Peter Misselbrook's Blog
Apr 12 2013 - Luke 15:1-32 – This man welcomes sinners and eats with them

For the last few years I have been involved in a competition that challenges people to put together a pitch for the making of a short film based on a story from the Bible. Each year there have been several that have wanted to make a film based on the parable of the prodigal son. It is not only one of the best known parables of the Bible, it is one of the best known of all the Bible's stories – and one of the best loved. All of us have, at some time or another, done things of which we are ashamed, things that have got us in trouble; all of us have longed for a way home while at the same time fearing how we might be received. This parable holds out a timeless message of hope.

But for all of our fascination with this parable, we sometimes forget the context in which it was told. The crowds had gathered to hear Jesus. It was particularly the outcasts of society who pressed in to hear him – the "tax collectors and sinners" (Luke 15:1). Nor did Jesus seek to fend off the attention of such folk. On the contrary, he frequently ate with them. The Pharisees and teachers of the law argued that Jesus must favour such company because he was one of the same sort – a sinner. They muttered, "This man welcomes sinners and eats with them" (15:2). It was against this background that Jesus tells the parable of the lost and returning son, the third in a set of parables about the recovering of that which was lost.

It can be dangerous to try to identify every character and action in a parable, as if it were a detailed allegory. However, the father in this parable is surely intended to be a picture of God (particularly in the light of the preceding parables). This is what God is like, says Jesus, he welcomes the returning sinner; he not only allows him back to eat at his table, he throws a party and welcomes the prodigal home with open arms and much joy.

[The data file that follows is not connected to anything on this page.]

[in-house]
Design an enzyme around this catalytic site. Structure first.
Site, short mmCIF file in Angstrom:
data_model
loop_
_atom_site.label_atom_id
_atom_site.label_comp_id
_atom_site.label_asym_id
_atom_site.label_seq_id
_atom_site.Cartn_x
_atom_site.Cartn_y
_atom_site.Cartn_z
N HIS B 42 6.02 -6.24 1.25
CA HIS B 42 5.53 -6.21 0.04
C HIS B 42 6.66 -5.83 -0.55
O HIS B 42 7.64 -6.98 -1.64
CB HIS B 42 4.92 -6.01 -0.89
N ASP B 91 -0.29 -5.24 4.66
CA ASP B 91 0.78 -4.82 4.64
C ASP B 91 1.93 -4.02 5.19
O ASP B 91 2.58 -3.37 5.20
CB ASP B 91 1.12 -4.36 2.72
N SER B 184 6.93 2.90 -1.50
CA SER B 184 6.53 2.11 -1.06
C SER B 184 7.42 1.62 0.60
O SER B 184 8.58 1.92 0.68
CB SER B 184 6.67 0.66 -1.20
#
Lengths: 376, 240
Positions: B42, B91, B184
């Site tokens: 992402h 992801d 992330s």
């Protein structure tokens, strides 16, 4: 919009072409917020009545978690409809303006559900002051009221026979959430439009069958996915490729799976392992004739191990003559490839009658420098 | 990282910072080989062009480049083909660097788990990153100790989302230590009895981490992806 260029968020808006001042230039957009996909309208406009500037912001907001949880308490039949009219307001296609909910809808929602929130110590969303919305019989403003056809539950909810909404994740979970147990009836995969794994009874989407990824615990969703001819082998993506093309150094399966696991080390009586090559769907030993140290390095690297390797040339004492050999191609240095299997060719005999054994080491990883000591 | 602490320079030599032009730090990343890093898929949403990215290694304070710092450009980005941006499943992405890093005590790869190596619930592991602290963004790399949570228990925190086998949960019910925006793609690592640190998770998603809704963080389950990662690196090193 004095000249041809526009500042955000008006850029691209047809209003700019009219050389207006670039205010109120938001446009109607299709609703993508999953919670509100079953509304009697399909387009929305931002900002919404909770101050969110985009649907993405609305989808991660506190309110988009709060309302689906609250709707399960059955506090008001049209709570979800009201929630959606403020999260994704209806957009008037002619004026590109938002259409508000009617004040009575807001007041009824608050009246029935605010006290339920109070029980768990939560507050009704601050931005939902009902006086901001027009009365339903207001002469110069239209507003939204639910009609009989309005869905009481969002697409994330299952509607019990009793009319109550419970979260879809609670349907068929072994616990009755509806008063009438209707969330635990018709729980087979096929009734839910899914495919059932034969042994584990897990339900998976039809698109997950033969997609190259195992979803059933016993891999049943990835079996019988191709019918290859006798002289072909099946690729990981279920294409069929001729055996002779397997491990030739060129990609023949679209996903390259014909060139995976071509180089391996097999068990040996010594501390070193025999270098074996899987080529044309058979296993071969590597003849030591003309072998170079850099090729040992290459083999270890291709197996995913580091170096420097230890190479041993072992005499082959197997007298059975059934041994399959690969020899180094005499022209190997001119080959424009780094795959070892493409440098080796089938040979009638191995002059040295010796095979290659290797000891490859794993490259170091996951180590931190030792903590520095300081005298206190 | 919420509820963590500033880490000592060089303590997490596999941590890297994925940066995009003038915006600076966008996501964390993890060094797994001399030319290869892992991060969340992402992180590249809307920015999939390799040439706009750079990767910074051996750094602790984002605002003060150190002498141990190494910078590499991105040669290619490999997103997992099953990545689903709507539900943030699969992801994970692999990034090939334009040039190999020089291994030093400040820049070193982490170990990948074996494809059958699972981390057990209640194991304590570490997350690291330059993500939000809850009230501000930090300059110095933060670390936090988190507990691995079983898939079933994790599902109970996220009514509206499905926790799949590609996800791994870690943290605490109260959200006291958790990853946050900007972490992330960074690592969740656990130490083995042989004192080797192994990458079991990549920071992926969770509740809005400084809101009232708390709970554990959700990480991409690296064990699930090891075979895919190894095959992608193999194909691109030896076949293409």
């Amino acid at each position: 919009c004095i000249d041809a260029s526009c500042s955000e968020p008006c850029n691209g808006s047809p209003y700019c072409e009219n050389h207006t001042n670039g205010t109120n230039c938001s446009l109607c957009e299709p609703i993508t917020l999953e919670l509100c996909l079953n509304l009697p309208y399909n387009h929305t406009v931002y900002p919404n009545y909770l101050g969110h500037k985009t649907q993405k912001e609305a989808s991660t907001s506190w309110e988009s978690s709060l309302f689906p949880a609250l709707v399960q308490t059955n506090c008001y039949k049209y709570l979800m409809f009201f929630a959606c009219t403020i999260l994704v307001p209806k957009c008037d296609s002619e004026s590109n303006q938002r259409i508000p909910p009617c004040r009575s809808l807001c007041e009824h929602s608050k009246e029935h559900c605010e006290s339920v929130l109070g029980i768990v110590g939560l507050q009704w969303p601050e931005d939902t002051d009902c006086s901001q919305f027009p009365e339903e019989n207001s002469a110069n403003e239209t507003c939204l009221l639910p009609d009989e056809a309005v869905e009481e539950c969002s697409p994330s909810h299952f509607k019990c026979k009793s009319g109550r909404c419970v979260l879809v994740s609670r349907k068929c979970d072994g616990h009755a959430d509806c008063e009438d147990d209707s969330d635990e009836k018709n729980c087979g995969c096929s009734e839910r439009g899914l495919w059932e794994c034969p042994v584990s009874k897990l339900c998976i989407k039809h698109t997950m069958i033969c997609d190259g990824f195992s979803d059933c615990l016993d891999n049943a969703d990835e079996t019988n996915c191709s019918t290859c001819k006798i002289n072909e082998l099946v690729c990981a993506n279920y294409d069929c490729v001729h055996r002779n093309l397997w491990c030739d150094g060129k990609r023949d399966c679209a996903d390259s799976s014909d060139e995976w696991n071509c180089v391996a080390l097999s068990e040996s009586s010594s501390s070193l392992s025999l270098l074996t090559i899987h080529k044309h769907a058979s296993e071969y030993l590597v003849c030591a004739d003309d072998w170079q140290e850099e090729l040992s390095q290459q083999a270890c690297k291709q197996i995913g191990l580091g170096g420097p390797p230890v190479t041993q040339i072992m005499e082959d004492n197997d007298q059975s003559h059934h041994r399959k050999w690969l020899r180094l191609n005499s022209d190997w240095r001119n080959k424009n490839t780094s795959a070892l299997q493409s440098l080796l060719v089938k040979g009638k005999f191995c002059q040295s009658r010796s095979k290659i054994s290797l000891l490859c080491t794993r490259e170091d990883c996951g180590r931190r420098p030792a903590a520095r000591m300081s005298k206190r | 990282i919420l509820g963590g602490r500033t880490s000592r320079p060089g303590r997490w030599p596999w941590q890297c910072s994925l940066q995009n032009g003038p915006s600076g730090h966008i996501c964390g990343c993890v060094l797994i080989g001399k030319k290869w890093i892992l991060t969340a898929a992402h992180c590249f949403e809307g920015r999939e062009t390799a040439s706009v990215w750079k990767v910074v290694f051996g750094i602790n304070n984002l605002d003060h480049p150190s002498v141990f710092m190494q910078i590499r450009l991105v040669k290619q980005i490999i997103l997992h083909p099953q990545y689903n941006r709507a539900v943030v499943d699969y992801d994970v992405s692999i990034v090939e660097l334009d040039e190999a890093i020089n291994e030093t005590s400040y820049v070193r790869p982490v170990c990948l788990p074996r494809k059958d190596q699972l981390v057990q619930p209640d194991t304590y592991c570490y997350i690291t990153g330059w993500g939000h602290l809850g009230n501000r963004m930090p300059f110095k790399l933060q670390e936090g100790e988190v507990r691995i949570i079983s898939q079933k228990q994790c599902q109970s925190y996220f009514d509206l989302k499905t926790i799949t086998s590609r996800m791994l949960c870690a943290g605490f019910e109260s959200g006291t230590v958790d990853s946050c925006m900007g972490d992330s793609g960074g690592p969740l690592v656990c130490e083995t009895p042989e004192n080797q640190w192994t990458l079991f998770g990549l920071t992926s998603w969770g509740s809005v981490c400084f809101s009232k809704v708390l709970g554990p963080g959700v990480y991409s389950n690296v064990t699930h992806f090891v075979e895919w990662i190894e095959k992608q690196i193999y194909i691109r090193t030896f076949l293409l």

Jesus is telling the sulking Pharisees that in all that he is doing he is showing the world the character of God the Father; he is making him known. And this still is the message of the gospel; it is not just that Jesus is like God, the wonder rather is that God is like Jesus. Jesus shows us what God is like; the one who created the universe "welcomes sinners and eats with them."

And then there is the elder brother in the parable. He does not share his father's joy over the returning prodigal; he does not want to associate with sinners. This character surely corresponds to the attitude of the Pharisees and teachers of the law. In turning up their nose at "sinners" and refusing to have anything to do with them they think that they are reflecting the character of God – but they are not. It is Jesus, not the Pharisees, who shows us the character of the Father. God may be holy, but he loves sinners and longs to embrace them and welcome them home.

And whose character do we display in the way we relate to others around us?

Living God, open my eyes to see the wonder of your character – that you are a God of grace who runs to meet the returning sinner. Thank you Lord Jesus, that you, my elder brother, did not remain in the Father's house but came into the far country to seek us out when we were far from home and bring us back to enjoy with you the untold riches of your inheritance. As you have reflected and displayed the heart of the Father, so help me by your Spirit to reflect your heart of love in my attitude to those around me.

Apr 12 2019 - Judges 16 – Delilah, defeat and death